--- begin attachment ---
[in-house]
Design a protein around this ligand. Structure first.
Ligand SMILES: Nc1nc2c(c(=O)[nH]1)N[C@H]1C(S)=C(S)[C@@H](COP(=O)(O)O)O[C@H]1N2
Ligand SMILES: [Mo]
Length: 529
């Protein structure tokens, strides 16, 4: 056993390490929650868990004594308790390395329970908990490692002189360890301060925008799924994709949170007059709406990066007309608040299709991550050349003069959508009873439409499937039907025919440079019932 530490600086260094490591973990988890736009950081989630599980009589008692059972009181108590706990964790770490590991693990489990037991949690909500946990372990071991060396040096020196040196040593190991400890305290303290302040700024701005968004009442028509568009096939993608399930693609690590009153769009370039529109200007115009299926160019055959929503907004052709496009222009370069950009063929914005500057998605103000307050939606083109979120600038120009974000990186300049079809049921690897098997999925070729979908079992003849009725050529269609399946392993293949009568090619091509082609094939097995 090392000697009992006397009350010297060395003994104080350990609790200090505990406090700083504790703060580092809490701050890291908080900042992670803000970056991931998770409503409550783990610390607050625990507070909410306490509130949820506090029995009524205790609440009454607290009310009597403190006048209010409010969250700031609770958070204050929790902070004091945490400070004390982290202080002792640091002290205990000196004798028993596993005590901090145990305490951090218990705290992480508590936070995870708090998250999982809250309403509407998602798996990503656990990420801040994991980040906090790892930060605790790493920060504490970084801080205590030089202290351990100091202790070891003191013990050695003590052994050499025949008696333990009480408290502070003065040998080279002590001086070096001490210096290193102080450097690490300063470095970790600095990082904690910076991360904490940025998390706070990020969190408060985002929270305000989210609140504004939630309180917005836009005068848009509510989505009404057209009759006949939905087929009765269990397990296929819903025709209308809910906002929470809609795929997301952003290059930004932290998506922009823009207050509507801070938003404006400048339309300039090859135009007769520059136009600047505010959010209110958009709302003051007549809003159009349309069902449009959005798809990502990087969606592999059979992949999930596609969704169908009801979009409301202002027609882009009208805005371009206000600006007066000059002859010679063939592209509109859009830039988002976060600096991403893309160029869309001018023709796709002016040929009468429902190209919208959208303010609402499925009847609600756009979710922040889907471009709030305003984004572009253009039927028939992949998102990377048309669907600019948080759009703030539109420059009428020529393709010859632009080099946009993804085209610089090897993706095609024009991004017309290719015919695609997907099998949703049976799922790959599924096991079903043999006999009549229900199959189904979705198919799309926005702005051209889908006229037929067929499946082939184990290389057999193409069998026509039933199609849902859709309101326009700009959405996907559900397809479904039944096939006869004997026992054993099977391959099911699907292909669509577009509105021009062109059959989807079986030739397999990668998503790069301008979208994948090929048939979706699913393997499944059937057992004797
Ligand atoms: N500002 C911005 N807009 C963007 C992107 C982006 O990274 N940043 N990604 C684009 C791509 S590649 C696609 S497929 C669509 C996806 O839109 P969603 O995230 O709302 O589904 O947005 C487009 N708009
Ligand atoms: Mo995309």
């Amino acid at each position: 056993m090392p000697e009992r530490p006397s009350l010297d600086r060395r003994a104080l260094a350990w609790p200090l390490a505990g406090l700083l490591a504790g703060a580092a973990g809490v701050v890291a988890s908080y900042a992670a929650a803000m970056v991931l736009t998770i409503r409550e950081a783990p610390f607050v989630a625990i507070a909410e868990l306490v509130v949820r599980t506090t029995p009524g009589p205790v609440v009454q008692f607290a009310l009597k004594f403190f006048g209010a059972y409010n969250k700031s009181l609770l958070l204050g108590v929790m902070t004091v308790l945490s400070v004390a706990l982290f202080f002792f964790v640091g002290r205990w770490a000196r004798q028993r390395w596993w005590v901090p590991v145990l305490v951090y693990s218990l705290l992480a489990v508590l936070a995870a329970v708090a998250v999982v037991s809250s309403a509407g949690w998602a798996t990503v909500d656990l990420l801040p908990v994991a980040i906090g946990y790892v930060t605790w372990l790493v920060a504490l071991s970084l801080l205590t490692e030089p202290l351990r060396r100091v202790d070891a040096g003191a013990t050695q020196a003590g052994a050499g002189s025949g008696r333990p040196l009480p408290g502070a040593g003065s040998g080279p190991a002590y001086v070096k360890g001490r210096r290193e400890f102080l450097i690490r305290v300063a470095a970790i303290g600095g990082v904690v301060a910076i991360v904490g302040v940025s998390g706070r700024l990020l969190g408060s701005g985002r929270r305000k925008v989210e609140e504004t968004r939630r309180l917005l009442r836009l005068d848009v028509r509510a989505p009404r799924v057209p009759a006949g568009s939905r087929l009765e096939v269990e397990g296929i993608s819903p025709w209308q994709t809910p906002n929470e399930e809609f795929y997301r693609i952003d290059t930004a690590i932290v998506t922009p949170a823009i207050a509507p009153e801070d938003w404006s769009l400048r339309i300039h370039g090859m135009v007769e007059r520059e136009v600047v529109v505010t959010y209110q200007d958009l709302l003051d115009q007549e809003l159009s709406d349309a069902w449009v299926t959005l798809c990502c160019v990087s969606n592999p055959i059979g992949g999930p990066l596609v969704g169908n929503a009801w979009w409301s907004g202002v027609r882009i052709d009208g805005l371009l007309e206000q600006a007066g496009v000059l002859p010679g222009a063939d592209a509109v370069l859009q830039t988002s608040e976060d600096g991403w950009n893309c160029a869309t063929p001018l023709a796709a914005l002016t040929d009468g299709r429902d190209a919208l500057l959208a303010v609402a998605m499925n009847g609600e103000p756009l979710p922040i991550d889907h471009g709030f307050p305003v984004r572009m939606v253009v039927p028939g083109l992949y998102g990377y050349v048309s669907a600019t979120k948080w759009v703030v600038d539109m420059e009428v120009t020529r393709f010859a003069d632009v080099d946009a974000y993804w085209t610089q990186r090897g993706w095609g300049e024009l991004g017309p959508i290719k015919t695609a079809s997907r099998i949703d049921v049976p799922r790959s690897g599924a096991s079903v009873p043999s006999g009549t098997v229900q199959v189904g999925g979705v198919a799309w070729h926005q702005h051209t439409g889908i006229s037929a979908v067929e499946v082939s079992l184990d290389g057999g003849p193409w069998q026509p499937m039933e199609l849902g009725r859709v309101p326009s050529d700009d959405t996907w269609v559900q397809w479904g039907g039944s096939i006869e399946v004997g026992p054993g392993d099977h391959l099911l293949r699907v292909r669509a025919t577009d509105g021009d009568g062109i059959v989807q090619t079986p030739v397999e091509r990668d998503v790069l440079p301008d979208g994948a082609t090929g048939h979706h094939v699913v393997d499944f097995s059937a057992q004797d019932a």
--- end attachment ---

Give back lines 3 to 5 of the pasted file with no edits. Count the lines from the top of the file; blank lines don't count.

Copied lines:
Ligand SMILES: Nc1nc2c(c(=O)[nH]1)N[C@H]1C(S)=C(S)[C@@H](COP(=O)(O)O)O[C@H]1N2
Ligand SMILES: [Mo]
Length: 529